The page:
We discussed the possible illegality of the swap but with a somewhat cynical eye toward how the current Administration views the Congressional will to make the Administration stay within the law. As in "we will do what we want and by the time you sue us to stop us, we'll long gone, so there."
This NYTimes piece discusses some of the legal issues:
Among other complications, there was a potential legal obstacle: Congress has imposed statutory restrictions on the transfer of detainees from Guantánamo Bay. The statutes say the secretary of defense must determine that a transfer is in the interest of national security, that steps have been taken to substantially mitigate a future threat by a released detainee, and that the secretary notify Congress 30 days before any transfer of his determination.
In this case, the secretary, Chuck Hagel, acknowledged in a statement that he did not notify Congress ahead of time. When Mr. Obama signed a bill containing the latest version of the transfer restrictions into law, he issued a signing statement claiming that he could lawfully override them under his executive powers.
“The executive branch must have the flexibility, among other things, to act swiftly in conducting negotiations with foreign countries regarding the circumstances of detainee transfers,” he wrote in the signing statement, adding that if the restrictions “operate in a manner that violates constitutional separation of powers principles, my administration will implement them in a manner that avoids the constitutional conflict.”
An administration official said the circumstances of a fast-moving exchange deal made it appropriate to act outside the statutory framework for transfers.
Some of our thoughts had to do with trading with terrorists in prisoner exchanges and the dangerous precedent that might set.
Bigger names now have weighed in on this swap. Before you read those, it might be good to read Nathan Bradley Bethea's We Lost Soldiers in the Hunt for Bergdahl, a Guy Who Walked Off in the Dead of Night:
The Daily Beast’s Christopher Dickey later wrote that "[w]hether Bergdahl…just walked away from his base or was lagging behind on a patrol at the time of his capture remains an open and fiercely debated question.” Not to me and the members of my unit. Make no mistake: Bergdahl did not "lag behind on a patrol,” as was cited in news reports at the time. There was no patrol that night. Bergdahl was relieved from guard duty, and instead of going to sleep, he fled the outpost on foot. He deserted.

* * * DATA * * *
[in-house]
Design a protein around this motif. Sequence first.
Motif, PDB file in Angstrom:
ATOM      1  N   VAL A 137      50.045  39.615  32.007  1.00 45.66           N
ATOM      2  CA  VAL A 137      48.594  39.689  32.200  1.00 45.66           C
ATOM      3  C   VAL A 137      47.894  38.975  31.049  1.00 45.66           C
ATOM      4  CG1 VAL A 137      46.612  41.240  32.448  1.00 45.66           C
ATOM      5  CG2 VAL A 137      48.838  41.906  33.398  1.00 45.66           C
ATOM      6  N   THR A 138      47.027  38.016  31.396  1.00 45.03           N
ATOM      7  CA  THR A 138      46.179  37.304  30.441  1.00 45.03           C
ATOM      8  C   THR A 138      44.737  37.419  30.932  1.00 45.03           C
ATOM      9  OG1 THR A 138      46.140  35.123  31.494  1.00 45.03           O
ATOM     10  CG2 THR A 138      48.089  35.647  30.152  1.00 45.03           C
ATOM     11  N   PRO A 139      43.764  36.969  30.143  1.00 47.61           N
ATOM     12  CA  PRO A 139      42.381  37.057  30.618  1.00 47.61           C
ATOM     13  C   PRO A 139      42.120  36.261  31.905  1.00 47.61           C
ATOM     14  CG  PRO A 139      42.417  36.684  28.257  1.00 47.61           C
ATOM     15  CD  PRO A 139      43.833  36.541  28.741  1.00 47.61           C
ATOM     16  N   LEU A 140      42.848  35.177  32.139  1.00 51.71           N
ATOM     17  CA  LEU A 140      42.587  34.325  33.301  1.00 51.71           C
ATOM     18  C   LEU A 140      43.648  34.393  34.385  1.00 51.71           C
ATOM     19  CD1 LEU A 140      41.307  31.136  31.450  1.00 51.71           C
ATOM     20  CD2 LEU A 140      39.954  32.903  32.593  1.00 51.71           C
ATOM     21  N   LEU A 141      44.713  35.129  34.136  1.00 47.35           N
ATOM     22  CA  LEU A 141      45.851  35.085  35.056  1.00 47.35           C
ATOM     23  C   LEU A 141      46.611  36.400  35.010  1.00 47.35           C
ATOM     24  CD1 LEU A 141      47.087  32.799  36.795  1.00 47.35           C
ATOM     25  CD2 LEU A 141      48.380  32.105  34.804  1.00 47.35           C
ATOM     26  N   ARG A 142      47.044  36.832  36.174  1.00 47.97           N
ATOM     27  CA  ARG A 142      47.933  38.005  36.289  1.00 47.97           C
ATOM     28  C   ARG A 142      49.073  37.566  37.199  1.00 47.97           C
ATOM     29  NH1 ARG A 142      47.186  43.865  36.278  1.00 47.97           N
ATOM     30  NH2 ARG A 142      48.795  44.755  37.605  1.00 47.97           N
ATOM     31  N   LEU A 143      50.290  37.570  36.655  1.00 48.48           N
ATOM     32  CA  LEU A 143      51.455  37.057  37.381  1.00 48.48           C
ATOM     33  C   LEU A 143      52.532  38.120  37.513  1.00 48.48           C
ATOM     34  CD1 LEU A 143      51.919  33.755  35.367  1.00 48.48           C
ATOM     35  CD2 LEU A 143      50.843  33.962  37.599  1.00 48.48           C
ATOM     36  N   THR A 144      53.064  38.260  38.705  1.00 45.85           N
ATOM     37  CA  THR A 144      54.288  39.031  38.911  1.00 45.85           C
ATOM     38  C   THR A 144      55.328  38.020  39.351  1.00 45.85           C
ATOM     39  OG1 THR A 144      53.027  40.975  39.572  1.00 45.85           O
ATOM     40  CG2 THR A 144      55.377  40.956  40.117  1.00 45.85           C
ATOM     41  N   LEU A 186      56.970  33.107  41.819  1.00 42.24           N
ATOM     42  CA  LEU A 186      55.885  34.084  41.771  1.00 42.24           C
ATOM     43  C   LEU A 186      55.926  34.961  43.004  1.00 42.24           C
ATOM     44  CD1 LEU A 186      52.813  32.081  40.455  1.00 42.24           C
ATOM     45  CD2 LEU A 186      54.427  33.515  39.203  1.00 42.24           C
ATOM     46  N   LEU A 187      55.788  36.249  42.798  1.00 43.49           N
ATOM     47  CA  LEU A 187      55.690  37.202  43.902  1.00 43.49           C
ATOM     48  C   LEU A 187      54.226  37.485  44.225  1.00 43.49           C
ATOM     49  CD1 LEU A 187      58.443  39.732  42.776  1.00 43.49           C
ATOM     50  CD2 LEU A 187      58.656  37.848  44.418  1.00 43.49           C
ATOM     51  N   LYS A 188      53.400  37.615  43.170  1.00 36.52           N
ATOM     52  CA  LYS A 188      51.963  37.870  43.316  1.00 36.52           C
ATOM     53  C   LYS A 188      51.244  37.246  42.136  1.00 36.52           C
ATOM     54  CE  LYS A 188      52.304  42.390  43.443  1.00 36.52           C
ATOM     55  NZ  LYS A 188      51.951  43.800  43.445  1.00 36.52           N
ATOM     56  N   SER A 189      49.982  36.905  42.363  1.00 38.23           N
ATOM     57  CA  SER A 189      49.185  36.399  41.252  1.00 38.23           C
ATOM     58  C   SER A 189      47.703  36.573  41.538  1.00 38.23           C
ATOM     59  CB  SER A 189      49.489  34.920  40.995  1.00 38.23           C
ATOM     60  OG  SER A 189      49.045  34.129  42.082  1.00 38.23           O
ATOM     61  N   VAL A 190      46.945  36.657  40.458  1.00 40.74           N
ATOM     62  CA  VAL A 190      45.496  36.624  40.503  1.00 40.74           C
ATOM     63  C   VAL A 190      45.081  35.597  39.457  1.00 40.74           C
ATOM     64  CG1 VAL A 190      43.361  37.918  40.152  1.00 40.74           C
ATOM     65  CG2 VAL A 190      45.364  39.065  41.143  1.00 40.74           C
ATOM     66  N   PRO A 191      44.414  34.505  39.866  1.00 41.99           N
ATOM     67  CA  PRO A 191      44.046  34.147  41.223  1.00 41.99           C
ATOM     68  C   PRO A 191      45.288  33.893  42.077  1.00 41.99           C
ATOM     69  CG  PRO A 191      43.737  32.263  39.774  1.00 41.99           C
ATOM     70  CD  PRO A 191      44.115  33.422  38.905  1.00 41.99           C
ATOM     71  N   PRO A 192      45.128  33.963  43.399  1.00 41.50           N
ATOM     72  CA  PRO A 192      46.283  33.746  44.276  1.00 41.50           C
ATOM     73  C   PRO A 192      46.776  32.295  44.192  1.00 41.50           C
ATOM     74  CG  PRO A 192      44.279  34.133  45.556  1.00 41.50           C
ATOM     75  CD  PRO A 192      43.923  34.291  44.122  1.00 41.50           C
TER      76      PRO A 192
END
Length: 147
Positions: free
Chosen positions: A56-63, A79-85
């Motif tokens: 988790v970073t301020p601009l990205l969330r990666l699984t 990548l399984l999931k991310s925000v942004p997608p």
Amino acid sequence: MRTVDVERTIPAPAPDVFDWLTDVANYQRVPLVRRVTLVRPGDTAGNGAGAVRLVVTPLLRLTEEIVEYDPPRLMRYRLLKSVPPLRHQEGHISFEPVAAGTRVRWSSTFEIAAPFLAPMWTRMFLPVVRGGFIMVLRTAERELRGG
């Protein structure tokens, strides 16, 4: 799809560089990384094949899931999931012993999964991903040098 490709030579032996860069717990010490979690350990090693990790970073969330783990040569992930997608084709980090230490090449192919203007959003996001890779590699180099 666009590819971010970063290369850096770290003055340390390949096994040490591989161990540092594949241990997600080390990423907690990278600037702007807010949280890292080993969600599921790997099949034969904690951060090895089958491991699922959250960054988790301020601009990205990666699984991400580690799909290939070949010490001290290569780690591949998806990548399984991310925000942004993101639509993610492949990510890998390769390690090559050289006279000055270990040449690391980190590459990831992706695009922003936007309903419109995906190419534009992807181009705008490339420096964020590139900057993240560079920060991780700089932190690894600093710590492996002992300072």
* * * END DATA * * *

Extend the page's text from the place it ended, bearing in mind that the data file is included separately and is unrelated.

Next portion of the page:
As usual, Max Boot has a good perspective on such prisoner swaps (which, yes, are not uncommon) in his How Not to Handle a Prisoner Swap
What I find offensive is that the president and his team are not treating this as a grubby and inglorious compromise–an attempt to reconcile our competing ideals of “don’t deal with terrorists” and “leave no man behind.” Instead the administration seems to be taking a victory lap. The president held a White House event with Bergdahl’s parents. Secretary of Defense Chuck Hagel flew to Afghanistan to commemorate the occasion. National Security Adviser Susan Rice called it “a great day for America.”Now, suppose Mr. Bethea is correct in his suggestion that this was a desertion that ended as a captivity and that other soldiers paid with their lives in the search to find Bergdahl? Is this a time where some anonymous official can ignore those losses and say:
If only the president and his team showed as much passion about actually winning the war in Afghanistan. Sadly, it appears that the handling of this whole issue is symptomatic of the administration’s approach to the wars in Iraq and Afghanistan: Their emphasis has always been on bringing the troops home, no matter the price, not on making sure that the troops accomplish their objectives.
Another senior Defense official said Bergdahl will not likely face any punishment. "Five years is enough," he told CNN on condition of anonymity.As always in such cases, there are families whose losses will endure far longer than five years of captivity.